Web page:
Super Cities №251—How Old is Too Old?

Brendan Hart

If we are to believe polls, the next president will be one of four Americans: Donald Trump, Joe Biden, Bernie Sanders, or Elizabeth Warren.

This is quite something because, on January 20th, 2021, Trump will be seventy-five; Biden will be seventy-eight; Sanders will be seventy-nine; and Warren will be seventy-one.

Life expectancy in the United States is 78.6 years.

Being President of the United States is, arguably, the most demanding job in the world. It requires an incredible range of skills. To do the job well, the person must possess a remarkable level of intellectual, emotional, and psychological stamina.

Most prime-aged people would wither under its demands. One stable genius currently does.

Given the position's demands, should Americans consider age when voting?

We already do. That’s why presidential candidates must be at least thirty-five years old.

But how old is too old?

One could argue that, as the country ages, an older president represents an important constituency. Who better to fight against raising the retirement age than someone who, were he or she out of office, would be fifteen years into retirement?

Another approach would be to look at the skills required to do the job well.

At a minimum, the best leaders, regardless of age, possess two interconnected skill sets: strong executive functions and memory. Executive functioning describes one's ability in "taking the time to think before acting; meeting novel, unanticipated challenges; resisting temptations; and staying focused." Memory is "the power or process of reproducing or recalling what has been learned and retained."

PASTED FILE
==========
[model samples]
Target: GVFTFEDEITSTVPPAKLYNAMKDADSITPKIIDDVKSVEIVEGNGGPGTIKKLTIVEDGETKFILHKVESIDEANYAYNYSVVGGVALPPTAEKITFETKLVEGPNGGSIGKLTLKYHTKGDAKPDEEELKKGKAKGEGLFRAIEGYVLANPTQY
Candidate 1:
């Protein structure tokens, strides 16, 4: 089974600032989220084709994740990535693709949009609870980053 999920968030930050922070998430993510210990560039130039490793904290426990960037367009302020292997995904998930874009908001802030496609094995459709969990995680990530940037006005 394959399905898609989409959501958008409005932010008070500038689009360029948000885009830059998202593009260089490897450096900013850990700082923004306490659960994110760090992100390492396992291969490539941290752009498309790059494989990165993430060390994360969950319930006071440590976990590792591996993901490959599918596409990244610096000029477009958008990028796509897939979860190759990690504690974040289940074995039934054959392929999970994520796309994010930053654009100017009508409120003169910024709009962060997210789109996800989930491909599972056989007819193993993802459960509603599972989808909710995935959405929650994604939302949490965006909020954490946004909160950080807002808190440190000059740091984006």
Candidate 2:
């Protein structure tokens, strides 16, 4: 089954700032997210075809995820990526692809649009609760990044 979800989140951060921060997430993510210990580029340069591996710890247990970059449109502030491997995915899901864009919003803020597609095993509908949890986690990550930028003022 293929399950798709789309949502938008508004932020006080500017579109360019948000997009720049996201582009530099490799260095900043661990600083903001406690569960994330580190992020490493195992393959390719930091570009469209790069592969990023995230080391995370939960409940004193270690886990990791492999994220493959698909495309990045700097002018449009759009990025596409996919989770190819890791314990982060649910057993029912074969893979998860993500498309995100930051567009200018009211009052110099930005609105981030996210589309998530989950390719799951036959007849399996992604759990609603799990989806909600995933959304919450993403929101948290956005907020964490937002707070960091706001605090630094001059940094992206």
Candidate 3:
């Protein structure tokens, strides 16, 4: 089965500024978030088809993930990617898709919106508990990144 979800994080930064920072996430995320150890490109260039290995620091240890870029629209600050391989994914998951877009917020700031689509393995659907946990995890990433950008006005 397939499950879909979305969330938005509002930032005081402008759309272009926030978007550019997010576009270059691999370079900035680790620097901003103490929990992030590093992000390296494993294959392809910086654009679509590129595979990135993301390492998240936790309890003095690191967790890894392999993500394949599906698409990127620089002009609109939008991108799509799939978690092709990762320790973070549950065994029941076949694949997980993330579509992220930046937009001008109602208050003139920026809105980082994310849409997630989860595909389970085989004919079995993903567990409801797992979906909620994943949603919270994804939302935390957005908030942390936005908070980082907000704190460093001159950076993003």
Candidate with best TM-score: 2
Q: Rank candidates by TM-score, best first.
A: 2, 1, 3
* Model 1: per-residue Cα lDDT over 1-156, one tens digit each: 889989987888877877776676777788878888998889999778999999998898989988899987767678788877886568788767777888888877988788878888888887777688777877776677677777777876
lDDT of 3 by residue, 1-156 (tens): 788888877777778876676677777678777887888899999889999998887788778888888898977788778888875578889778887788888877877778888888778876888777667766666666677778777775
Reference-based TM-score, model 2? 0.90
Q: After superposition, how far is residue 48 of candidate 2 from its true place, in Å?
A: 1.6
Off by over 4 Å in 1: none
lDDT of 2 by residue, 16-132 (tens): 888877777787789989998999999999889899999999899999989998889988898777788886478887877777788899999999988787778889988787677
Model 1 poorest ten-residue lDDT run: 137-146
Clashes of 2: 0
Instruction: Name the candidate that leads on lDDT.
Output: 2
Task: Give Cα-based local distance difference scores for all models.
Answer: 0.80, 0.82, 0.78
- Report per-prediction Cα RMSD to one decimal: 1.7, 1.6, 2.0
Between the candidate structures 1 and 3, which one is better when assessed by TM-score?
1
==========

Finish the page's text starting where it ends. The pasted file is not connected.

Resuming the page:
According to one study, cognitive function — the combination of executive function and episodic memory — becomes below average around age sixty. The decline speeds up after people turn seventy.

According to an NIH study, starting around 60, a person’s processing speed of new information declines rapidly. By eighty, processing speed is a full standard deviation from the average adult.

Part of the challenge is auditory. By age 80, seven-out-of-ten Americans have measurable hearing loss. The most noticeable changes are declines in performance on “complex attentional tasks such as selective or divided attention.” People cannot learn or consider what they cannot hear or otherwise process.

Then there is the issue of clear communication. The same report states that, on average, people eighty-plus can recall roughly half the number of words as people between the ages of 30 and 44. Americans are subject to this travesty every day.

Cognitive decline is a fact of life. It is a natural process that no one can escape. While no doubt challenging, many people and their families develop strategies to diminish the risks of cognitive decline.

As a society, we honor our aging parents, grandparents, and loved ones through robust medical care and acts of charity and community service.

But honoring our elderly does not mean asking them to do the world’s most challenging job. In fact, I would argue, many of our most admired presidents — Kennedy, TR, Obama — were beloved because of their relative youth.

As a society, especially in times of uncertainty, perhaps we are overconfident in older people.

Perhaps it is time to ask younger people to do more. Like, y'know, serve as Commander in Chief.

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